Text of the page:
Please Don’t Feed the Turkeys
The bizarre Father’s Day incident in Chilmark in which a turkey attacked people delivering baby equipment and then two town police officers — an episode that ended with the turkey dead and its owner facing assault charges — has drawn chuckles across the Island.
At its core, however, the episode is no laughing matter and the outcome could have been worse.
The turkey, which was acting aggressively, could have injured the delivery workers or the police with its beak and talons. Or the attack could have been against a small child.
Under the circumstances, police officer Jeffrey Day was right to shoot and kill the turkey.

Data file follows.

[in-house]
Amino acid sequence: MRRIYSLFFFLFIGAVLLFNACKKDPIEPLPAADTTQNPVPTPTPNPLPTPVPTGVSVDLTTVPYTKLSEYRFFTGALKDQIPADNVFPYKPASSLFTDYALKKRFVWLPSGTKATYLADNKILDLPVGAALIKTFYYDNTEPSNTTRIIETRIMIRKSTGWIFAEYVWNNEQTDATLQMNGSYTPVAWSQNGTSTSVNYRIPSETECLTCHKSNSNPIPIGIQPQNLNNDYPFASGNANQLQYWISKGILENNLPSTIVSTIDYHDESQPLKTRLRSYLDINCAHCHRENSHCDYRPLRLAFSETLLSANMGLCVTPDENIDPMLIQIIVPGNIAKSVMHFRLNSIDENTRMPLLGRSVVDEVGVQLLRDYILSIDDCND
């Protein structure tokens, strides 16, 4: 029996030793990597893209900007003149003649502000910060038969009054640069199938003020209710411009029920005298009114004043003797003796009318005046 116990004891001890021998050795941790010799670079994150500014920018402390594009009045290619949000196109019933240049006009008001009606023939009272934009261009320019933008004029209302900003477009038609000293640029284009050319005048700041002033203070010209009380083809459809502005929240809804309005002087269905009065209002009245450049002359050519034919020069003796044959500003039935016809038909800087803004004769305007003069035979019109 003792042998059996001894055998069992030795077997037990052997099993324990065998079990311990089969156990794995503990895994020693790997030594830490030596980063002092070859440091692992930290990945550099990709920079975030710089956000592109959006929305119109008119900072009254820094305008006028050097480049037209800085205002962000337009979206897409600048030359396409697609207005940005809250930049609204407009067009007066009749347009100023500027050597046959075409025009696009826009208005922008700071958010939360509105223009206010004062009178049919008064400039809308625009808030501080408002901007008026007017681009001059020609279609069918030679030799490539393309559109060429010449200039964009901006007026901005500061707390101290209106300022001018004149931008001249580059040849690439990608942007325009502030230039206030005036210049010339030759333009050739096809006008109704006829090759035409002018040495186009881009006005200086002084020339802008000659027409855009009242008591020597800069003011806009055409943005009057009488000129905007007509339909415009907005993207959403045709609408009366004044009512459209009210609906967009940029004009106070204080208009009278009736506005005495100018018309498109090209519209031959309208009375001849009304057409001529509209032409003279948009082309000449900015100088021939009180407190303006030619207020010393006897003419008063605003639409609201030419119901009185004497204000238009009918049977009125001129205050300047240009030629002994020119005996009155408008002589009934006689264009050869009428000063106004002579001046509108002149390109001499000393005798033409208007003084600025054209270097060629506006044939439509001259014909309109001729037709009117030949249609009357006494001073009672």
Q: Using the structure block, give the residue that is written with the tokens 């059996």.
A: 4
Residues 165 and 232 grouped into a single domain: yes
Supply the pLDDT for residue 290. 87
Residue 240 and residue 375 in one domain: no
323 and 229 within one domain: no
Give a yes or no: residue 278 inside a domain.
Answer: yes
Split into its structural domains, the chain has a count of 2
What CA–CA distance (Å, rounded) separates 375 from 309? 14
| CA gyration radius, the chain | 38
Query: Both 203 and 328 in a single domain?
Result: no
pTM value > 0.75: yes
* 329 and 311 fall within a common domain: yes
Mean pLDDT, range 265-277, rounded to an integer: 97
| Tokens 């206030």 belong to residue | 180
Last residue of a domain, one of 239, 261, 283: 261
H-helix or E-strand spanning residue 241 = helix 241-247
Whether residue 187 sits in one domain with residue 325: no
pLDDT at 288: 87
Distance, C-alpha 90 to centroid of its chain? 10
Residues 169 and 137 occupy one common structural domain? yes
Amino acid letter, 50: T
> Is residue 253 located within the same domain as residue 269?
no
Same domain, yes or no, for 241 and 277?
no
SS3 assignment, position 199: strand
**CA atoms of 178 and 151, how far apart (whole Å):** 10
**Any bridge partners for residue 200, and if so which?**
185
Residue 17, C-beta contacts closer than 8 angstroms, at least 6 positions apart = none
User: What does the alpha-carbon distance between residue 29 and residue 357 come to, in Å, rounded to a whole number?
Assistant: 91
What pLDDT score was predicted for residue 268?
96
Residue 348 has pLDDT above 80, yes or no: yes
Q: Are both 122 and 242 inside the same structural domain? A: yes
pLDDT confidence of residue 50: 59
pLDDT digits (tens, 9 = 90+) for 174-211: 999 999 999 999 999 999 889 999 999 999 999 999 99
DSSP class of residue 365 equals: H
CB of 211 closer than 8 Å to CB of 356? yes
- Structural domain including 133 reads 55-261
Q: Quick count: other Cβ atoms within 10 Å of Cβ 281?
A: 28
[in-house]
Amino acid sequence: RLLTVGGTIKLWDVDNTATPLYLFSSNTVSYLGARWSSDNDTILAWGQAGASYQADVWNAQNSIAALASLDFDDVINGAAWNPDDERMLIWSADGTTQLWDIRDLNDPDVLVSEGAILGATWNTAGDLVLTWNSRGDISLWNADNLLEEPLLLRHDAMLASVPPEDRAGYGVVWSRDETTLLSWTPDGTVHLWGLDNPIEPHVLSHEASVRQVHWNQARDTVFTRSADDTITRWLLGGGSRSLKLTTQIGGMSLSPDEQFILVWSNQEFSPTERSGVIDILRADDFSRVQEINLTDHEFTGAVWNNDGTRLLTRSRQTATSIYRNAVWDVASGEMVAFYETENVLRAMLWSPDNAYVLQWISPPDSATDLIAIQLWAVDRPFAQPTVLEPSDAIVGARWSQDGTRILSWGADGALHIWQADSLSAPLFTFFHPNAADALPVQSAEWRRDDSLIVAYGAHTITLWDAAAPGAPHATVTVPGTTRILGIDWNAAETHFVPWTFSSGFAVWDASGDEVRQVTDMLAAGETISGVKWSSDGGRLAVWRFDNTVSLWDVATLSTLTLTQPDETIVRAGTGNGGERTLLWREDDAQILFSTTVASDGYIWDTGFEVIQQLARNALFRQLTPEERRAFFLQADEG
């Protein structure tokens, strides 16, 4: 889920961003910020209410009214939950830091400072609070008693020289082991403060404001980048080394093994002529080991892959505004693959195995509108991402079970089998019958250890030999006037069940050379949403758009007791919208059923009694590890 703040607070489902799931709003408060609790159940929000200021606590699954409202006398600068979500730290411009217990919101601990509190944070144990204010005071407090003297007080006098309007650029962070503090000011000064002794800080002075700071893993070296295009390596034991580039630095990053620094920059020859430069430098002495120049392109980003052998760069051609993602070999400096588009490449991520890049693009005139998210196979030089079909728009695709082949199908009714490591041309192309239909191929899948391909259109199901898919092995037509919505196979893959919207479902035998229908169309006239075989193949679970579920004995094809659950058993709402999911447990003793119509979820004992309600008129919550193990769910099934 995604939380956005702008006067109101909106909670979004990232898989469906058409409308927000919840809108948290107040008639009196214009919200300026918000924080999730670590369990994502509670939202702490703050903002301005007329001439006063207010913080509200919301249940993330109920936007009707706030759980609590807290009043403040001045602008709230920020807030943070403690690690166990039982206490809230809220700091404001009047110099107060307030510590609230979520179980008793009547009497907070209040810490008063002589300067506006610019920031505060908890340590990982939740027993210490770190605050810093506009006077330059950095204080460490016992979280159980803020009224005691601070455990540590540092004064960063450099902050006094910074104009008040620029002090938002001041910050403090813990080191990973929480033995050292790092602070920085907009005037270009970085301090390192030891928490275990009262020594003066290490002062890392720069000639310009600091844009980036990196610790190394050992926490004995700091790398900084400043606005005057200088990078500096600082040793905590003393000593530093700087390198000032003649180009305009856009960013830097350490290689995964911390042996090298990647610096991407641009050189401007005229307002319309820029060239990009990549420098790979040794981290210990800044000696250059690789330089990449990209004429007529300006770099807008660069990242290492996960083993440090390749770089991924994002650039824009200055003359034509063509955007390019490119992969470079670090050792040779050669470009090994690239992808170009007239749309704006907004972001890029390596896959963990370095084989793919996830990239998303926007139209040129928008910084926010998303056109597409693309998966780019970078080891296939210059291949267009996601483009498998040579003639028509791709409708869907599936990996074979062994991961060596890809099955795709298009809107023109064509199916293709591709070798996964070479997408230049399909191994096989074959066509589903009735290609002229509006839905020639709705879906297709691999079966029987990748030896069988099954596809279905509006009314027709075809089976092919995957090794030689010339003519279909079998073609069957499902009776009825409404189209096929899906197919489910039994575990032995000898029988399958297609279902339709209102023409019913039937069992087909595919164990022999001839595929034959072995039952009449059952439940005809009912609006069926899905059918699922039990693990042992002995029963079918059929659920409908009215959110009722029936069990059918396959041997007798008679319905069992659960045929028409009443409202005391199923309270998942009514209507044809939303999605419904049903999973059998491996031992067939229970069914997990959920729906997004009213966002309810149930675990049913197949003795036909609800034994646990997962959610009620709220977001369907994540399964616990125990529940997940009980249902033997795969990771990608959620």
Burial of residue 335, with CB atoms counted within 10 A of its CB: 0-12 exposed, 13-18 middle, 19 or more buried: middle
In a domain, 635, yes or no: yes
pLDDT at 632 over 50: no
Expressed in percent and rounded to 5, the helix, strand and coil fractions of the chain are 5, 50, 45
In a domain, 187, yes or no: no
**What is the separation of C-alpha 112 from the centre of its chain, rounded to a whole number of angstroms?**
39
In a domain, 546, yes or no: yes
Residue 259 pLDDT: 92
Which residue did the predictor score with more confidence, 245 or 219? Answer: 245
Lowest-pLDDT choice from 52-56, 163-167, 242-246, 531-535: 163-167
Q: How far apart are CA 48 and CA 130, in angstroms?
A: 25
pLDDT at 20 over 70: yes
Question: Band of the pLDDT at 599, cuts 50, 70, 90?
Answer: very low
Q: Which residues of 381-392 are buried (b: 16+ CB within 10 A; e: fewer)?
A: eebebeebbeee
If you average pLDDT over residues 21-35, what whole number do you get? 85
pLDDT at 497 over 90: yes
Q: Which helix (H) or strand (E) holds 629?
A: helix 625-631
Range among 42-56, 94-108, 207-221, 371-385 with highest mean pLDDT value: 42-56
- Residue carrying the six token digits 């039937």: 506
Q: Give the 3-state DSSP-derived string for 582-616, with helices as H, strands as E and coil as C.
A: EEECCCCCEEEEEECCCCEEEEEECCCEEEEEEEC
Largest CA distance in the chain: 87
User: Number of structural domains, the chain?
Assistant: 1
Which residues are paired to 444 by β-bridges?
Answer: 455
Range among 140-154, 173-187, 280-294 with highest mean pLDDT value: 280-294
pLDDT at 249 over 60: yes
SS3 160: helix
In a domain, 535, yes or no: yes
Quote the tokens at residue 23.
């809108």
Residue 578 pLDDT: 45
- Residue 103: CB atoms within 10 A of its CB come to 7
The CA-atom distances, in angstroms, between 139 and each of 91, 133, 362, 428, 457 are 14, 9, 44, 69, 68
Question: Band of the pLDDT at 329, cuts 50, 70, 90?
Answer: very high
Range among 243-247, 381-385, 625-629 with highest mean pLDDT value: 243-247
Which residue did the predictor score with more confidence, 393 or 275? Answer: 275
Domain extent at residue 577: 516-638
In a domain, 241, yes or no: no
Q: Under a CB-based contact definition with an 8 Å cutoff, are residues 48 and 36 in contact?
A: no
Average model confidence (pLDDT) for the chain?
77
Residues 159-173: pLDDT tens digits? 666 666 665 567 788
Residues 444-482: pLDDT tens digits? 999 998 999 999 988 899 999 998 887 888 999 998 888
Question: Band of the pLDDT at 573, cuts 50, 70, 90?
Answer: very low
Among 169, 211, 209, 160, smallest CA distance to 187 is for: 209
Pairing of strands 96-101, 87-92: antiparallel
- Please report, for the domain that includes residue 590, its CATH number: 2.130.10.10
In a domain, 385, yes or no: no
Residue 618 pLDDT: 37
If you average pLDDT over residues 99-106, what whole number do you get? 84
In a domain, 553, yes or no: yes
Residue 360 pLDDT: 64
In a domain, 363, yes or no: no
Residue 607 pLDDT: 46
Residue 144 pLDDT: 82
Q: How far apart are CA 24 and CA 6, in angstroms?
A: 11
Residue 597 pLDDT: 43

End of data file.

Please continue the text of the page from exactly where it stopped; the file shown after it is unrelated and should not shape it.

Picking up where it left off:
The real problem in this case started long before the attack, when Chilmark resident Jonathan Haar decided to begin feeding an orphaned wild turkey he named Tom.
Mr. Haar developed affection for Tom and felt anger toward the turkey’s killers. His alleged confrontation of the police officers has led to assault charges.
But as naturalists and wildlife experts have pointed out, wild animals should not be fed and treated as pets. The animals lose their natural fear of people and become overly territorial, viewing new people as a threat to their reliable food supply.
As the Vineyard’s human population grows, the chance for interaction with the Island’s wild animal population increases. People need to act responsibly toward wild animals. Humans should know better; animals do not.